Barry McNamara  |  Published April 08, 2019

A Leader in Illinois Athletics

Craig Anderson, head of Illinois high school sports, tells students that athletics teaches valuable life lessons.

MONMOUTH, Ill. – Monmouth College alumnus Craig Anderson ’91 believes that participation in athletics is not just about skill development, it’s about learning life lessons.

CRAIG ANDERSON: The relationships I formed at Monmouth ... CRAIG ANDERSON: “The relationships I formed at Monmouth I treasure. Those days, I will never give them away. They're unforgettable to me. I learned not just skill development, but life lessons.”That was the case with Anderson’s experience at Monmouth, and it’s also a storyline he sees play out every day in his role as executive director of the Illinois High School Association.

Anderson shared his Monmouth story on Monday with some of the College’s physical education and kinesiology classes, and he also reflected on the changing landscape of high school sports.

“I played for fantastic coaches at Monmouth,” said Anderson, who played football and basketball for the Fighting Scots after starring at nearby Cambridge High School.

On the gridiron, his coach was Kelly Kane, while his basketball coach was Terry Glasgow. Anderson required a pause for an emotional time out while recalling his playing days for the two Hall of Fame coaches.

“The relationships I formed at Monmouth I treasure,” he said. “Those days, I will never give them away. They’re unforgettable to me. I learned not just skill development, but life lessons.”

Personal references

Anderson still vividly recalls an encounter with Glasgow, waiting patiently while “TG” finished a phone conversation.

“You could tell he was giving a personal reference,” said Anderson. “When he got done, he said to me, ‘Don’t worry, someday I’ll lie to a future employer about you, too.’ He was joking, of course, but I remember resolving that day that I didn’t want him to have to lie about me. It made a significant impact on me.”

As it turned out, it was a connection that his other Fighting Scots head coach had that helped Anderson secure his first job after Monmouth. Kane was connected to an administrator at Morton High School, where Anderson was hired and spent the next 10 years as a teacher and coach.

Anderson advised the Monmouth students to have an initial career plan, but said sometimes life provides even bigger opportunities.

“I was a math teacher and a football coach and a basketball coach,” he said of his time at Morton. “I was coaching as many sports as I could. So I got to do that and achieve that – it was what I set out to do. But you never know – there may be something beyond that. There are untold opportunities out there.”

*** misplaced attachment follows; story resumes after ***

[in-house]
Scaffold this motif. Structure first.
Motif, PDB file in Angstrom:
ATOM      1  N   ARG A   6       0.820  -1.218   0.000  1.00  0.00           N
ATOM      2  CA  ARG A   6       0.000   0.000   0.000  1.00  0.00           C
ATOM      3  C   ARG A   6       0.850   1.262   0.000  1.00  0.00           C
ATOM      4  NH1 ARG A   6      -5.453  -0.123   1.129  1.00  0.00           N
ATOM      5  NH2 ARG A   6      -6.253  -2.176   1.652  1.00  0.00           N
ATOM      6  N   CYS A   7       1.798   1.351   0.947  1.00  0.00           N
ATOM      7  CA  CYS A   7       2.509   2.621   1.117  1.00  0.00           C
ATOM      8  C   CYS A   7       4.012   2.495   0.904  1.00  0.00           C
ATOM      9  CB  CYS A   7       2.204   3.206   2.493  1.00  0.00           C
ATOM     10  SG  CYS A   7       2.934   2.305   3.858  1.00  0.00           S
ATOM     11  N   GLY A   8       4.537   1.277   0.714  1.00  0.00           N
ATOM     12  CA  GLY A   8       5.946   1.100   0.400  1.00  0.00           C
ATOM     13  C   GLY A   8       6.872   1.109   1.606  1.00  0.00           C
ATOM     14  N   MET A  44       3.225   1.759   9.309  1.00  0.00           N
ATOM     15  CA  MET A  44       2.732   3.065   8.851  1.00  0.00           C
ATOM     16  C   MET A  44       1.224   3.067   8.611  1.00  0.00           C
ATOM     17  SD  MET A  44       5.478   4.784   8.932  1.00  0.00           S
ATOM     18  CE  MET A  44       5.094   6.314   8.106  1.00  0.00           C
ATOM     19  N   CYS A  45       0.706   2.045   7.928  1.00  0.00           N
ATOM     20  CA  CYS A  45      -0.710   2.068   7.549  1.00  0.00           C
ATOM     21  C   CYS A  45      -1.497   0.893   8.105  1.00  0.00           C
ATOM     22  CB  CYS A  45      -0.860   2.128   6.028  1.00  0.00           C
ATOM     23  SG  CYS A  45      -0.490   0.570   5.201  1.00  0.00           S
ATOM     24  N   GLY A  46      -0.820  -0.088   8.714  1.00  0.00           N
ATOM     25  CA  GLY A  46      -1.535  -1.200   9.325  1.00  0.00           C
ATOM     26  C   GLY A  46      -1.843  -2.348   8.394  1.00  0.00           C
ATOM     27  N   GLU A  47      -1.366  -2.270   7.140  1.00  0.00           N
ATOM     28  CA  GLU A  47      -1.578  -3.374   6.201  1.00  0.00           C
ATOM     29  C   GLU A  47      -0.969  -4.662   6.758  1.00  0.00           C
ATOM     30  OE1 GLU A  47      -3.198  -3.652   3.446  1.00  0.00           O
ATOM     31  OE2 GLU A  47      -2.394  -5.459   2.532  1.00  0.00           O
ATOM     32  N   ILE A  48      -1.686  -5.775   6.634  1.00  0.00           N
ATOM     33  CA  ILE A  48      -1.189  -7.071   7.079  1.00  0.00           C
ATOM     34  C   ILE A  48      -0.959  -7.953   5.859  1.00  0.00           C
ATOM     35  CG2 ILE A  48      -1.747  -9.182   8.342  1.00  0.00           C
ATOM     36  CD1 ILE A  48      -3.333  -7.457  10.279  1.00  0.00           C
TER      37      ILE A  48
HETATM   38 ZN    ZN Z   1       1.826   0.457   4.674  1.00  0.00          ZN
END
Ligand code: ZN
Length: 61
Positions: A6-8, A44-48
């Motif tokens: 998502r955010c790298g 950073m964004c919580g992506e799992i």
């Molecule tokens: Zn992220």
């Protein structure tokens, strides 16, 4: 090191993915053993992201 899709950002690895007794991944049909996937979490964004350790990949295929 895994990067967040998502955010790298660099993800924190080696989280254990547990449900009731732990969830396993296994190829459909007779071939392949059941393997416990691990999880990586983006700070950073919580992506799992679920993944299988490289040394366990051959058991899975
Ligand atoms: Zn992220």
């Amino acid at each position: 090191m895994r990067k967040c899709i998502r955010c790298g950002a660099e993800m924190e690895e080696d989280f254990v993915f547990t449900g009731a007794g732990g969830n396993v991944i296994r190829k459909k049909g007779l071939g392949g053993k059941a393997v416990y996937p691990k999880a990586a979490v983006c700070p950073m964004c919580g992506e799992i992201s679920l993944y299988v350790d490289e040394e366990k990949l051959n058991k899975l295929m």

Creating a network

For Anderson, those opportunities began when he decided to transition to athletic administration. Although he lost day-to-day contact with the players on a roster, he took pride in having a larger impact and influence on the student-athletes at his next two high schools, Olympia and Washington.

Connections he made along the way with a pair of men who went on to work for the IHSA – Marty Hickman and Dave Gannaway – led to him going to work there and, in 2016, succeeding Hickman as executive director.

“I’m proud of the network I created,” Anderson told the class. “Never burn bridges – you don’t know who the next person who’s going to hire you is going to know in your path.”

Leading high school athletics

As IHSA executive director, Anderson has many responsibilities, running the spectrum from attending the state tournaments to answering questions from principals and athletic directors at the IHSA’s 817 member schools to making about 3,000 rulings annually on student-athlete eligibility.

In addition to helping create a strategic plan for the association, Anderson’s time is also devoted to newer issues, including the emerging activities of girls’ wrestling and e-sports, restructuring the state basketball tournament, and the creation of districts in football.

The football issue is an especially “hot topic,” he said, with a fairly even split in the membership. Districting would mean the state would assign each high school’s football schedule, matching schools with opponents in the same enrollment class. Conference alignment would no longer be significant, and travel for most schools would likely increase. As it currently stands, said Anderson, districting is a go for the 2021 season, although another vote before then could change scheduling back to the way it’s currently done.

But no matter what happens during the short term, Anderson’s big-picture goal remains to create and sustain the same type of experience for today’s student-athletes that he had during his playing days.

“Real success should be like myself – I never played in a state championship game, but I created a bond with coaches and teammates that lasts forever. That bond will connect today’s athletes for the rest of their lives,” he said. “It’s the relationships and the camaraderie that are precious.”

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